• Enforceability, Severability and Survival: expressing the parties’ intent that should a court strike down a provision of the agreement as unenforceable, the remainder of the agreement should stand.
  • Notice: setting forth notice requirements.
  • Other Agreements: noting that other agreements may exist between the parties (i.e., the informed consent forms), but that the gamete or embryo donation agreement should control the rights and obligations between the parties should there be any inconsistency between any other agreement and the embryo donation agreement.
  • Entire Agreement/Modification: a section stating that the gamete or embryo donation agreement is the entire agreement between the parties related to the GDA, and supersedes all prior writings or understandings between the parties, and that any modifications to the agreement must be in writing and signed by all living parties.
  • Execution/Counterparts: explaining how the agreement will be signed, and whether it can be signed in counterparts and/or by facsimile or electronic transmission.
  • Parties to the agreement: recognizing that any child that may result from the agreement is not a party to the agreement and may not be bound by the terms of the agreement.

In short, the necessity of a well-drafted comprehensive embryo donation agreement is a crucial step for any person participating in an embryo donation arrangement.


1  See, e.g., Fla. Stat. Ann. Sec. 742.11 -742.17; Ga. Code Ann. §§ 19-8-40 to -43; N.D. Cent. Code sec. 14-18-01 – 14-18-07; Okla. Stat. Ann. Title 10, ‚Ä®sec. 556; Tex. Fam. Code Section 160.702; Va. Code Ann. Sec. 20-156 – 20-165; Wash. Rev. Code RCW 26.26; Tenn. Code Ann. § 36-2-401; Wyo. Stat. § 14-2-902 (2015); 13 Del.Code. §8-101; 750 ILCS 46 et seq. (Note:  Laws in this area are continuously changing, and this list is subject to change at any time. Make sure you consult with an attorney specializing in third party reproduction in the appropriate state).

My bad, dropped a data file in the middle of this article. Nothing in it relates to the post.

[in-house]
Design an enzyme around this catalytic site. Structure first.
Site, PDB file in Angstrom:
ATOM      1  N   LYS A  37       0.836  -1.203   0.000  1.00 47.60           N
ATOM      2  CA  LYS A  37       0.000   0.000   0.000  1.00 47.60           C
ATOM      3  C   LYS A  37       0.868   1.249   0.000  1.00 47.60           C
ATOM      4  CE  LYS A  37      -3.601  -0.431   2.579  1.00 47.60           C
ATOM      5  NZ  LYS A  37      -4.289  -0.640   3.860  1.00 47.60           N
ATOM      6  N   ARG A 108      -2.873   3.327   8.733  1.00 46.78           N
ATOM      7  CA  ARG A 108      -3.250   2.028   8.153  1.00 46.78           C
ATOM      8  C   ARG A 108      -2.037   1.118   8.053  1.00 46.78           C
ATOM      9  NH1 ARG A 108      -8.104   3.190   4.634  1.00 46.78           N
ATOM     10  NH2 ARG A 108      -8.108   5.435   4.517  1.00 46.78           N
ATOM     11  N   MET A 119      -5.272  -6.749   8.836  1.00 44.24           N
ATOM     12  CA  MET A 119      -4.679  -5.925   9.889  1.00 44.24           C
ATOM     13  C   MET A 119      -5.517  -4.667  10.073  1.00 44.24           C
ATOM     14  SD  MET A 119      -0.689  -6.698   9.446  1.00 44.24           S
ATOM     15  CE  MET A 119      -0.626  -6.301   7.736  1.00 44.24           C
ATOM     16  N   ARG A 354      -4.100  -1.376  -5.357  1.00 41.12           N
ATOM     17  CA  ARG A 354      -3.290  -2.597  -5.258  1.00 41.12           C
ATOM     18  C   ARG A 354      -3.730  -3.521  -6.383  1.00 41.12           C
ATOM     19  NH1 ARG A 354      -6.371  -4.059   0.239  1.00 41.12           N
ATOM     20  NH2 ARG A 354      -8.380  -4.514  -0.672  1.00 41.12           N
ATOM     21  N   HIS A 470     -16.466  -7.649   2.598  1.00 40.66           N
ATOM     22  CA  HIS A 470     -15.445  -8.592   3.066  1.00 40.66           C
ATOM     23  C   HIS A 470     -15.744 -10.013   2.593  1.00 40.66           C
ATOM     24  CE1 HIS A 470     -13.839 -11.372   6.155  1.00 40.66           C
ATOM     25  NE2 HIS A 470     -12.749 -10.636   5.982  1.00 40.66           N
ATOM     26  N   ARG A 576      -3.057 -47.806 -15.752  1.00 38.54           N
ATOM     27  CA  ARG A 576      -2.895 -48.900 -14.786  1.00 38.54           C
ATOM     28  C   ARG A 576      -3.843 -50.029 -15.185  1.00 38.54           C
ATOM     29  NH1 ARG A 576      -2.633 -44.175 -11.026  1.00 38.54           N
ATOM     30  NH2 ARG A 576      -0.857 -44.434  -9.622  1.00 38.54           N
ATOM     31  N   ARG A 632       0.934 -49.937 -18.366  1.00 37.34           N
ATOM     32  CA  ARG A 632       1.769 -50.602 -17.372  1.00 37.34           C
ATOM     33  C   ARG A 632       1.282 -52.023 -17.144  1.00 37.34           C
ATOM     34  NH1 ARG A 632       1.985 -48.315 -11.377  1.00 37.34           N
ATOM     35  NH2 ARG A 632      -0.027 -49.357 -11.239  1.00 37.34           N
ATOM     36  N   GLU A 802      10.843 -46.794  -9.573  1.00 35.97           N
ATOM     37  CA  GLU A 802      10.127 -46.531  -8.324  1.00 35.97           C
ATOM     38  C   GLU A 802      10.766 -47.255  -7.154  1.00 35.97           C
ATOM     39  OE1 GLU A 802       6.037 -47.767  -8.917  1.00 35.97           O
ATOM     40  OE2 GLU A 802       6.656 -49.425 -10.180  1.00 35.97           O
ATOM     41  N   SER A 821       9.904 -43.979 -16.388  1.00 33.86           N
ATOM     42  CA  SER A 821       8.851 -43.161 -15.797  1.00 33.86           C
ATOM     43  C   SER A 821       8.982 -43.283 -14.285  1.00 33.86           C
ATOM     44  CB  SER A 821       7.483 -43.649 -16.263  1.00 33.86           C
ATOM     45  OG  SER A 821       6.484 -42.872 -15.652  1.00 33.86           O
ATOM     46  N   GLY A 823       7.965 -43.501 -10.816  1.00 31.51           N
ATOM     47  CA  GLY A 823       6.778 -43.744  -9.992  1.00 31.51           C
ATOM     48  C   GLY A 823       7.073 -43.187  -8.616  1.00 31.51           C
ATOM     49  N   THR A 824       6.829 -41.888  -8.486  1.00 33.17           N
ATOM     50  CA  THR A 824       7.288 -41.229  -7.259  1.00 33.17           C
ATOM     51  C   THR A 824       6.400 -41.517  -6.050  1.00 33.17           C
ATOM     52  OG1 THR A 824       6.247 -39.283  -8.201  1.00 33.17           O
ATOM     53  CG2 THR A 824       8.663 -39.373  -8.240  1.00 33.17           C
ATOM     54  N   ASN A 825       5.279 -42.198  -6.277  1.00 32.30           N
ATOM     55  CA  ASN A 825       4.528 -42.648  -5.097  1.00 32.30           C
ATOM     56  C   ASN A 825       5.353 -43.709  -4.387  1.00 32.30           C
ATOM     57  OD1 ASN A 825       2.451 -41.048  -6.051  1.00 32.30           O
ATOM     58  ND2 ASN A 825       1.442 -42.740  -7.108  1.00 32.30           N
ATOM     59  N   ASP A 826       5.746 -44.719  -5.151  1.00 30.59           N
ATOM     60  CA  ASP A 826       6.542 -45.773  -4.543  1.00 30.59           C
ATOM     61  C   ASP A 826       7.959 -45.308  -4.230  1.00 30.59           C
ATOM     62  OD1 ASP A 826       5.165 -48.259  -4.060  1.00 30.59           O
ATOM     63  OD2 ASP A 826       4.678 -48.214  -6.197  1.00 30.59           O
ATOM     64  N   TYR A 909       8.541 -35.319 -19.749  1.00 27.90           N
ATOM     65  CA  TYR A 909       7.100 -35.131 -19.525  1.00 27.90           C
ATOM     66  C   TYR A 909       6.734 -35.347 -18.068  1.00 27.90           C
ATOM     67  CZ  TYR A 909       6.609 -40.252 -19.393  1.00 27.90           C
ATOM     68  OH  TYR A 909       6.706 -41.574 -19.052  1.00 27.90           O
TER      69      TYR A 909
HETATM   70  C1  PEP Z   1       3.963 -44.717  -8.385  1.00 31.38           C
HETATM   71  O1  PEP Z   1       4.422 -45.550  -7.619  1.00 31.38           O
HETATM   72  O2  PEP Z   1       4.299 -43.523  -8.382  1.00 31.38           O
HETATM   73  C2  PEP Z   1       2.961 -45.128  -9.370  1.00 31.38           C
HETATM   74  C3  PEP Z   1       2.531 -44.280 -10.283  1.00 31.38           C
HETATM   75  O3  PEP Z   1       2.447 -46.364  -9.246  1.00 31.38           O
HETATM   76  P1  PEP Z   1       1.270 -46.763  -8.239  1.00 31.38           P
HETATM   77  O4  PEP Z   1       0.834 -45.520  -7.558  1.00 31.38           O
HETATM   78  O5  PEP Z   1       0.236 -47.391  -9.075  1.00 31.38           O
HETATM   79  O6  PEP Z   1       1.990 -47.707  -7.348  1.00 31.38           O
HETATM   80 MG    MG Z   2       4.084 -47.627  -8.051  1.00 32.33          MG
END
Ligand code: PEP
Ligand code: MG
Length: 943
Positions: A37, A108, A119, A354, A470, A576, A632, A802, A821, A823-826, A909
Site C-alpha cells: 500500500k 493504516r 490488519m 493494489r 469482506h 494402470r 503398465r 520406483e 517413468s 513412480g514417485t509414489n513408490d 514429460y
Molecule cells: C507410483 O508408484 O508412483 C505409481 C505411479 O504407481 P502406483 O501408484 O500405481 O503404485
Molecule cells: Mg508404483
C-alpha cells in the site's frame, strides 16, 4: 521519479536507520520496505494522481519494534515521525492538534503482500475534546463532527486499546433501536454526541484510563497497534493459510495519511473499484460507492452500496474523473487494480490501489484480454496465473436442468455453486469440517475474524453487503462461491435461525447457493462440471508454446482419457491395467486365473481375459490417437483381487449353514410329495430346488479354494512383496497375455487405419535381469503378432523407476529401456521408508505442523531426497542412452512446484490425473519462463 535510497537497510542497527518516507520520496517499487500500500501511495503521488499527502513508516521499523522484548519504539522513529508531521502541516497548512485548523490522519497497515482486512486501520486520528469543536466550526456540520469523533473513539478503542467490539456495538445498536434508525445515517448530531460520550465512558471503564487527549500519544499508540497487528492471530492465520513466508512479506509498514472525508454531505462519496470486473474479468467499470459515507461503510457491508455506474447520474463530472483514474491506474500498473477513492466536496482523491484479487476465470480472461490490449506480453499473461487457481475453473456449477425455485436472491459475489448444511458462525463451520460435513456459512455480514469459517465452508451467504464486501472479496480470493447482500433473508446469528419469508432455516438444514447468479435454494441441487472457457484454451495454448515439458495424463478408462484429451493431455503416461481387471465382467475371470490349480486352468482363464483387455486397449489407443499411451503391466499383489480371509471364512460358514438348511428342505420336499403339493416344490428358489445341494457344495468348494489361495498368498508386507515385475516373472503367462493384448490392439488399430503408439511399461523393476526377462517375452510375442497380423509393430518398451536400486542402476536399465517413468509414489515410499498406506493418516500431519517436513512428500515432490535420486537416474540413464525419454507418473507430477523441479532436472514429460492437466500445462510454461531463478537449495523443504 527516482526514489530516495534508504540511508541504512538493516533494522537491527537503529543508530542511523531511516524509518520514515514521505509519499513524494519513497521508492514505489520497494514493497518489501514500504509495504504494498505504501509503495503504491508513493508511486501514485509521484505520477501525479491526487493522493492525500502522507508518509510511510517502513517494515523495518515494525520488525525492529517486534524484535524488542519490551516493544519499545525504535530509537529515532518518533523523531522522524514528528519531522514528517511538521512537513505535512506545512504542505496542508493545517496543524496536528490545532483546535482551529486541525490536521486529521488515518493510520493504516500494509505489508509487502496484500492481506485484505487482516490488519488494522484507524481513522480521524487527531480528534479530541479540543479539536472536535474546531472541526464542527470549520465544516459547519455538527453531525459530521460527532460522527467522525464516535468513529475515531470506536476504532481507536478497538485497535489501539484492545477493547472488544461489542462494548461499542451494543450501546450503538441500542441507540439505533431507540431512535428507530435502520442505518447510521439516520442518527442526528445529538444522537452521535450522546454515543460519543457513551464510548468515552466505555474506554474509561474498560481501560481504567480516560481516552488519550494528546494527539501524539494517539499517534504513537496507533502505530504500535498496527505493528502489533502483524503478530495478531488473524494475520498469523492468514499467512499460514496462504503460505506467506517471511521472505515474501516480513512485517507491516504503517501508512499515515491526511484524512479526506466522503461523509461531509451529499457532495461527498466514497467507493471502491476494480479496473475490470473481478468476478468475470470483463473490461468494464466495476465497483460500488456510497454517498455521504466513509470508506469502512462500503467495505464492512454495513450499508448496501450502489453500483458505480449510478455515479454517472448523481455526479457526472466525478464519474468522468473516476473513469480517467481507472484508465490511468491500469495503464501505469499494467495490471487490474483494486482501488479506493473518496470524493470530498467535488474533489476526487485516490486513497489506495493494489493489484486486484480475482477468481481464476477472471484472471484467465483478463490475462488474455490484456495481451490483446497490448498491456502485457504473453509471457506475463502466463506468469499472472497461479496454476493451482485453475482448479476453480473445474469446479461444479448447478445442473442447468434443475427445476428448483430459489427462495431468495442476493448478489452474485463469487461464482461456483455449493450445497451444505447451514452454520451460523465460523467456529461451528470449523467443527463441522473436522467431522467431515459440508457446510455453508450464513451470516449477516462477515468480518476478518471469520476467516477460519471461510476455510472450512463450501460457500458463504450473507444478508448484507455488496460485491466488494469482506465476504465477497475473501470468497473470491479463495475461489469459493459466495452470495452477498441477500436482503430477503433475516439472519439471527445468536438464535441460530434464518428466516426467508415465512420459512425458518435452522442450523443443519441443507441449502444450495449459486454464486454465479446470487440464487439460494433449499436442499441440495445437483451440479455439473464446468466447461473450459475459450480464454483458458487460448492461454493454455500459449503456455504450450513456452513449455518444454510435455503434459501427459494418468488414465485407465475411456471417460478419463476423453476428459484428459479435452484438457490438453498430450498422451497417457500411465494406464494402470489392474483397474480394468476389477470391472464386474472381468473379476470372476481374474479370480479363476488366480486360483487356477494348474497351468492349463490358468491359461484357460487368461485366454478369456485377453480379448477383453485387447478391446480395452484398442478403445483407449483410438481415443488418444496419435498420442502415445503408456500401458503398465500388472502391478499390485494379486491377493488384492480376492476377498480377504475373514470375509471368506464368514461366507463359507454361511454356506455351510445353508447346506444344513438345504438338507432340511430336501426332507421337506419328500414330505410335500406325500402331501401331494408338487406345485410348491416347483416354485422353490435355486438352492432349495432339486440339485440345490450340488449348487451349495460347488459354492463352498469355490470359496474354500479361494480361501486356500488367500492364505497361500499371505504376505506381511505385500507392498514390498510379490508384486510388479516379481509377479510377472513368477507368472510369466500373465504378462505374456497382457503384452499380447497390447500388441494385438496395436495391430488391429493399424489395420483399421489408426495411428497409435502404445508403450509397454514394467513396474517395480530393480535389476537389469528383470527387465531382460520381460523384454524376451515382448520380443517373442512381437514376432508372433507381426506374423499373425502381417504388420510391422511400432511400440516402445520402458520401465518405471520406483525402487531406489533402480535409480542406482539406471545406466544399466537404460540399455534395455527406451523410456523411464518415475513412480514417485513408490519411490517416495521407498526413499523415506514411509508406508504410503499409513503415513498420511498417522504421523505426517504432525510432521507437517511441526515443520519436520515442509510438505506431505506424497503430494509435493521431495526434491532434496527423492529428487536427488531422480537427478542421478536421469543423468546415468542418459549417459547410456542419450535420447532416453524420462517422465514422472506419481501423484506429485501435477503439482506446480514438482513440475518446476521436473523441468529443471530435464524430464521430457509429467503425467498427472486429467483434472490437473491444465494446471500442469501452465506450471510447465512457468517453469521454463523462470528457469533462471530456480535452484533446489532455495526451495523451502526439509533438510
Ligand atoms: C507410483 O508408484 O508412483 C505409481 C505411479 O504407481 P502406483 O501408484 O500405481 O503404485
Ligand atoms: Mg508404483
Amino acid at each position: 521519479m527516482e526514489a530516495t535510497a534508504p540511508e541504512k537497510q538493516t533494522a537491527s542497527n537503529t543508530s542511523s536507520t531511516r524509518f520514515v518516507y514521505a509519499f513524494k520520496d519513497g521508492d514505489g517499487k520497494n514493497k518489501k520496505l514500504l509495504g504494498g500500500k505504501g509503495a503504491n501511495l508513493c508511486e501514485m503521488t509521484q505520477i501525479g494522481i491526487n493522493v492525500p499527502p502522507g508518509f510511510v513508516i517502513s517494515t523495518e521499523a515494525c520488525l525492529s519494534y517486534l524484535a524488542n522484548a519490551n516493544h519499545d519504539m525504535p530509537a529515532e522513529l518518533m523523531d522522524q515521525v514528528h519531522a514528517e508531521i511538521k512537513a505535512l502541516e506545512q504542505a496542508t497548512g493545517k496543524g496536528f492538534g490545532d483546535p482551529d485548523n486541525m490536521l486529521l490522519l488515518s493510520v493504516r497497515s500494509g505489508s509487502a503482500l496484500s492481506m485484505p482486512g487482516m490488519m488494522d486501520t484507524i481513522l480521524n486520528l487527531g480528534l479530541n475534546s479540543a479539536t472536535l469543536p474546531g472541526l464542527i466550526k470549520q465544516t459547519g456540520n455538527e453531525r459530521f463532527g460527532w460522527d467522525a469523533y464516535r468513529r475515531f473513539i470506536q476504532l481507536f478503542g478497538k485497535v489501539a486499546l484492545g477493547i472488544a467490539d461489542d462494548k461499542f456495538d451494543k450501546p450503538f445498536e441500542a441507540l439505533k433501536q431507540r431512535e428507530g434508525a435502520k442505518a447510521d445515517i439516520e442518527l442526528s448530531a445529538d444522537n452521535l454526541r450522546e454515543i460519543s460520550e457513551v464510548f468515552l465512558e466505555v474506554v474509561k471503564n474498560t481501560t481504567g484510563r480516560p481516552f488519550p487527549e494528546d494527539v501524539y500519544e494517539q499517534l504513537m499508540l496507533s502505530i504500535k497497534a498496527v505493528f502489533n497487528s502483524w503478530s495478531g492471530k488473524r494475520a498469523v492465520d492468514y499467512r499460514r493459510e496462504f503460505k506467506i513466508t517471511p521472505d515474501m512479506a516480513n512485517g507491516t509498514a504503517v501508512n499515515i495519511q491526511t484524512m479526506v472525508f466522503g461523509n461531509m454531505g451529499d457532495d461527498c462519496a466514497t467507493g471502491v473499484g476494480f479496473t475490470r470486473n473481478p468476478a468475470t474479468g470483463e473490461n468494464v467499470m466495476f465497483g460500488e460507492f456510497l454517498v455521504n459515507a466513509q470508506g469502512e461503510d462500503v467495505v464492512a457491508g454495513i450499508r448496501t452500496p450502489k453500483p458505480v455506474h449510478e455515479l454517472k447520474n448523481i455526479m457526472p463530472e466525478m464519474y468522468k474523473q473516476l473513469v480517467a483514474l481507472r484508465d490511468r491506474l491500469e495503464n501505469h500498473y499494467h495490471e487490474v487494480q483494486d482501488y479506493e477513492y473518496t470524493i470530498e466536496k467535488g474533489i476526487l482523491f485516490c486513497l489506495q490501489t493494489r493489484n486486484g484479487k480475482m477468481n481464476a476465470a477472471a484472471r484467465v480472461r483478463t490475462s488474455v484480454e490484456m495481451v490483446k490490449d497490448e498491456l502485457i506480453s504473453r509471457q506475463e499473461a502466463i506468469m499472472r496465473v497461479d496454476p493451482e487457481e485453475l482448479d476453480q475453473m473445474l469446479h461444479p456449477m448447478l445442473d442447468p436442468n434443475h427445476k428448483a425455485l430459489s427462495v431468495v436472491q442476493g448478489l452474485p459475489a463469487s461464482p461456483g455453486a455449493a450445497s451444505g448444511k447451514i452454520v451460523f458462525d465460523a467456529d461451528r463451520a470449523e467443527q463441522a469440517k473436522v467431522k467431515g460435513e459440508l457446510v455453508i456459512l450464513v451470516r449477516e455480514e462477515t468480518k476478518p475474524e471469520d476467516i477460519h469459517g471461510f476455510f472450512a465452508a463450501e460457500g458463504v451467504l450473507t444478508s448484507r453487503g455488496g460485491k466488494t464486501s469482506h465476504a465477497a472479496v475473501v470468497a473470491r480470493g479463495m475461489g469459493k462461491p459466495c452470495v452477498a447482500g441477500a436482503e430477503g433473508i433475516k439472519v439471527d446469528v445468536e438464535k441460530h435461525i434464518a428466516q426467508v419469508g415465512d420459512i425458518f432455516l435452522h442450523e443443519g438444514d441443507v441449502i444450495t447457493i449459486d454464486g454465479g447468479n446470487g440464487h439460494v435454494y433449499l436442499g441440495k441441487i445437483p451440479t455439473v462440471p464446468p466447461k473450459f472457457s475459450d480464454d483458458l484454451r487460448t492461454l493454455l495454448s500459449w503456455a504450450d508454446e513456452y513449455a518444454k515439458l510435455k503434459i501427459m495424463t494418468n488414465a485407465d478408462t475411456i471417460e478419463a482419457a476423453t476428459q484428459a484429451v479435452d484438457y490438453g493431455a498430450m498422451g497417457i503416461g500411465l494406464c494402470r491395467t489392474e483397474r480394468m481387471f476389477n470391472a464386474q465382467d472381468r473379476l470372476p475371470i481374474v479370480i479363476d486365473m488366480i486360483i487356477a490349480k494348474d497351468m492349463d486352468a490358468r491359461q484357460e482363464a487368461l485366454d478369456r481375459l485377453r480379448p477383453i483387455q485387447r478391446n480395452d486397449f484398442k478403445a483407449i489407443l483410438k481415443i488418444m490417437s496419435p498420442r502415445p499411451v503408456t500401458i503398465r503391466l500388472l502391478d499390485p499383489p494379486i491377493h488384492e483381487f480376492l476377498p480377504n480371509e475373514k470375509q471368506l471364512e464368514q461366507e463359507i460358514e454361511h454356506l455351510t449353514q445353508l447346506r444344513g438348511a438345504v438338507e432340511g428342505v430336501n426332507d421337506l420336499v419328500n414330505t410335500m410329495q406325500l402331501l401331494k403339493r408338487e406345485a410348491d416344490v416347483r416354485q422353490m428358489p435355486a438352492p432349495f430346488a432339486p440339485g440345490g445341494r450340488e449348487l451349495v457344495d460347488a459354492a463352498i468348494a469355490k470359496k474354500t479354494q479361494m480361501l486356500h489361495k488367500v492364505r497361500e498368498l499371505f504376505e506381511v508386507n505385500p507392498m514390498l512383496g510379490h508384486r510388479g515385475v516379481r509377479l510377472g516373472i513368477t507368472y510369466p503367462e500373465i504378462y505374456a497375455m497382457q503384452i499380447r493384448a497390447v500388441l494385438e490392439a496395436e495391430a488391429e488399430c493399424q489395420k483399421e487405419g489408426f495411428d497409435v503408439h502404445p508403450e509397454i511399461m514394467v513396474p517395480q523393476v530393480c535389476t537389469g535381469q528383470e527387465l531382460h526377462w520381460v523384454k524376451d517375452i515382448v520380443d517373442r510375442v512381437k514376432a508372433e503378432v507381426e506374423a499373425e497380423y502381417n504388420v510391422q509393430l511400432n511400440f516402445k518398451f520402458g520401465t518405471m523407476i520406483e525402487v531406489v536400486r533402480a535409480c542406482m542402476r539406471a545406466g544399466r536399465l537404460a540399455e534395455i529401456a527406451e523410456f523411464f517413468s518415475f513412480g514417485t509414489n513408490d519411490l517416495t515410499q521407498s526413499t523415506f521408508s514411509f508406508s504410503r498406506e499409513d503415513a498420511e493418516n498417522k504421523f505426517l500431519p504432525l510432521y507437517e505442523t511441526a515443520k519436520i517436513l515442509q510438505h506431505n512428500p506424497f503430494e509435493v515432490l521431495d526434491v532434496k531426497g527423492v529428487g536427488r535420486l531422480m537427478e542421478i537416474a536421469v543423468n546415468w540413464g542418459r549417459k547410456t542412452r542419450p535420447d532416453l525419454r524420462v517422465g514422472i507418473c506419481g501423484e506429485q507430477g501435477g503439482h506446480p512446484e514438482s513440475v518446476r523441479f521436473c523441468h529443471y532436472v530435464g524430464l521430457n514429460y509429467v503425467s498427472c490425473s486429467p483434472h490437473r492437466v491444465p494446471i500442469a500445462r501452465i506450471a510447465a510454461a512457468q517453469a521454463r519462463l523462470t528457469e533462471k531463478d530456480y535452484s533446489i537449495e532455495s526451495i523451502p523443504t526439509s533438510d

2 One possible alternative is to state in the agreement that the recipient(s) are not prohibited from donating excess embryos back to the donor(s) upon their divorce, death, or when they have completed building their family.

3 Because any children born from a embryo donation arrangement will be genetically related, all parties using the embryos should have some method of contacting each other in the future in the event it is medically or psychologically desirable.

4 It is important to remember that lawyers  are not mental health professionals, and although often faced with psychological issues during representation, the lawyer’s job is to provide legal advice.  It may be that the best advice a lawyer can give is a referral to a mental health professional. 

5 Federal law prohibits the sale of organs.  See, US Federal Organ Transplant Act of 1986. 

In addition, the American Society of Reproductive Medicine’s (ASRM) guidelines for embryo donation states that, “the selling of embryos, per se, is ethically unacceptable.” See, Practice Committee for ASRM SART, 2006 Guidelines for gamete and embryo donation, Fertil Steril 2006;86(Suppl 4):S38-50.  

6 If the recipients are paying the donor(s)’ legal fees, a conflict waiver should be included stating that the donor(s) acknowledge their attorney is independent and only representing the donor(s) (despite the fact the recipients are paying the legal fees).

7 For example, a contract may include the following language:

Recipients agree to pay for the cost of Donor’s mental health evaluation and agree to pay up to an additional Five Hundred Dollars ($500.00) for any further mental health consultation sought by donor(s) and/or their children throughout this arrangement for up to sixty (60) days after the birth of any Child conceived using the Embryos.

8 See, Report and Recommendations of Master in Chancery, In the Estate of Yenenesh Abayneh Desta, Deceased, No, PR 12-2856-1.  Probate Court No. 1 Dallas County, Texas (Two year old inherits 11 embryos to be held in trust until he is 18; parents were murdered and died intestate and without dispositional direction left to the fertility clinic).